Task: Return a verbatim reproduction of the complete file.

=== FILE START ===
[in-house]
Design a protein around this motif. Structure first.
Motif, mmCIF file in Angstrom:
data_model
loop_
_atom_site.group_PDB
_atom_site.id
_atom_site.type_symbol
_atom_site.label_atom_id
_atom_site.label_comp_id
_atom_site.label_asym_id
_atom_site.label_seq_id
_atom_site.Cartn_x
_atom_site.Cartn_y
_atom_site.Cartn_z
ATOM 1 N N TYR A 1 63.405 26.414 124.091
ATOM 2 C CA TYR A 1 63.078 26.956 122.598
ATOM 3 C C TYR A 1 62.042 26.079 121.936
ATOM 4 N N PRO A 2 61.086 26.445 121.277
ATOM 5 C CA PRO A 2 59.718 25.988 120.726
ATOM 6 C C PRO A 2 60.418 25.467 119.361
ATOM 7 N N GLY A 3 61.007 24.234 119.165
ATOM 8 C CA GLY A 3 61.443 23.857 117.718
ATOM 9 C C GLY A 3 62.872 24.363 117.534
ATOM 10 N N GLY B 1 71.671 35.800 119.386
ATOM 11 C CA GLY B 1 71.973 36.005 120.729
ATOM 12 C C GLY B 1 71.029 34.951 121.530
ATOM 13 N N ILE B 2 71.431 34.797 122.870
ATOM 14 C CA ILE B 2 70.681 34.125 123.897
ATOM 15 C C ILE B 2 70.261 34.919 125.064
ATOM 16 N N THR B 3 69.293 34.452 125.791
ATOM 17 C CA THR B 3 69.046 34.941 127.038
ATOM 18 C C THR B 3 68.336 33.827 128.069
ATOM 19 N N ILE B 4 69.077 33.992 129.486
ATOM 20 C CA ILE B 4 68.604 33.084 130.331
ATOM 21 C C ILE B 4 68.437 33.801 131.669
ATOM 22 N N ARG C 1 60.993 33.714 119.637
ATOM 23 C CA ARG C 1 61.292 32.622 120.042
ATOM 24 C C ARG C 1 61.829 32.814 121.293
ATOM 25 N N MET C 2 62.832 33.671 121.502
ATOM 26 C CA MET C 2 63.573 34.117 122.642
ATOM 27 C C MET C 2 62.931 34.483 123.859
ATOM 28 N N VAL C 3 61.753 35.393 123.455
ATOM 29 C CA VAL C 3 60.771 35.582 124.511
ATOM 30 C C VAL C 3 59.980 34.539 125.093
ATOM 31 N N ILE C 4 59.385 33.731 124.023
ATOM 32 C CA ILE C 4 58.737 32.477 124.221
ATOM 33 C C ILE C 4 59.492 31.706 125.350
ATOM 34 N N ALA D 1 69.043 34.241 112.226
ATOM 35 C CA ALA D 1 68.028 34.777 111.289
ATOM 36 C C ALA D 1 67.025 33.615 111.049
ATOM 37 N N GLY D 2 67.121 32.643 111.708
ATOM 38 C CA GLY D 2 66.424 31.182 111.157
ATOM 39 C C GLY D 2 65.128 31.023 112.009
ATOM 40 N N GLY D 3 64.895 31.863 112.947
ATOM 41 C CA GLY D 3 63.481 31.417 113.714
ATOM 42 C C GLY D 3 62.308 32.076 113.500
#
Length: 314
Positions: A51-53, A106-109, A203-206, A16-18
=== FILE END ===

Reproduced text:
[in-house]
Design a protein around this motif. Structure first.
Motif, mmCIF file in Angstrom:
data_model
loop_
_atom_site.group_PDB
_atom_site.id
_atom_site.type_symbol
_atom_site.label_atom_id
_atom_site.label_comp_id
_atom_site.label_asym_id
_atom_site.label_seq_id
_atom_site.Cartn_x
_atom_site.Cartn_y
_atom_site.Cartn_z
ATOM 1 N N TYR A 1 63.405 26.414 124.091
ATOM 2 C CA TYR A 1 63.078 26.956 122.598
ATOM 3 C C TYR A 1 62.042 26.079 121.936
ATOM 4 N N PRO A 2 61.086 26.445 121.277
ATOM 5 C CA PRO A 2 59.718 25.988 120.726
ATOM 6 C C PRO A 2 60.418 25.467 119.361
ATOM 7 N N GLY A 3 61.007 24.234 119.165
ATOM 8 C CA GLY A 3 61.443 23.857 117.718
ATOM 9 C C GLY A 3 62.872 24.363 117.534
ATOM 10 N N GLY B 1 71.671 35.800 119.386
ATOM 11 C CA GLY B 1 71.973 36.005 120.729
ATOM 12 C C GLY B 1 71.029 34.951 121.530
ATOM 13 N N ILE B 2 71.431 34.797 122.870
ATOM 14 C CA ILE B 2 70.681 34.125 123.897
ATOM 15 C C ILE B 2 70.261 34.919 125.064
ATOM 16 N N THR B 3 69.293 34.452 125.791
ATOM 17 C CA THR B 3 69.046 34.941 127.038
ATOM 18 C C THR B 3 68.336 33.827 128.069
ATOM 19 N N ILE B 4 69.077 33.992 129.486
ATOM 20 C CA ILE B 4 68.604 33.084 130.331
ATOM 21 C C ILE B 4 68.437 33.801 131.669
ATOM 22 N N ARG C 1 60.993 33.714 119.637
ATOM 23 C CA ARG C 1 61.292 32.622 120.042
ATOM 24 C C ARG C 1 61.829 32.814 121.293
ATOM 25 N N MET C 2 62.832 33.671 121.502
ATOM 26 C CA MET C 2 63.573 34.117 122.642
ATOM 27 C C MET C 2 62.931 34.483 123.859
ATOM 28 N N VAL C 3 61.753 35.393 123.455
ATOM 29 C CA VAL C 3 60.771 35.582 124.511
ATOM 30 C C VAL C 3 59.980 34.539 125.093
ATOM 31 N N ILE C 4 59.385 33.731 124.023
ATOM 32 C CA ILE C 4 58.737 32.477 124.221
ATOM 33 C C ILE C 4 59.492 31.706 125.350
ATOM 34 N N ALA D 1 69.043 34.241 112.226
ATOM 35 C CA ALA D 1 68.028 34.777 111.289
ATOM 36 C C ALA D 1 67.025 33.615 111.049
ATOM 37 N N GLY D 2 67.121 32.643 111.708
ATOM 38 C CA GLY D 2 66.424 31.182 111.157
ATOM 39 C C GLY D 2 65.128 31.023 112.009
ATOM 40 N N GLY D 3 64.895 31.863 112.947
ATOM 41 C CA GLY D 3 63.481 31.417 113.714
ATOM 42 C C GLY D 3 62.308 32.076 113.500
#
Length: 314
Positions: A51-53, A106-109, A203-206, A16-18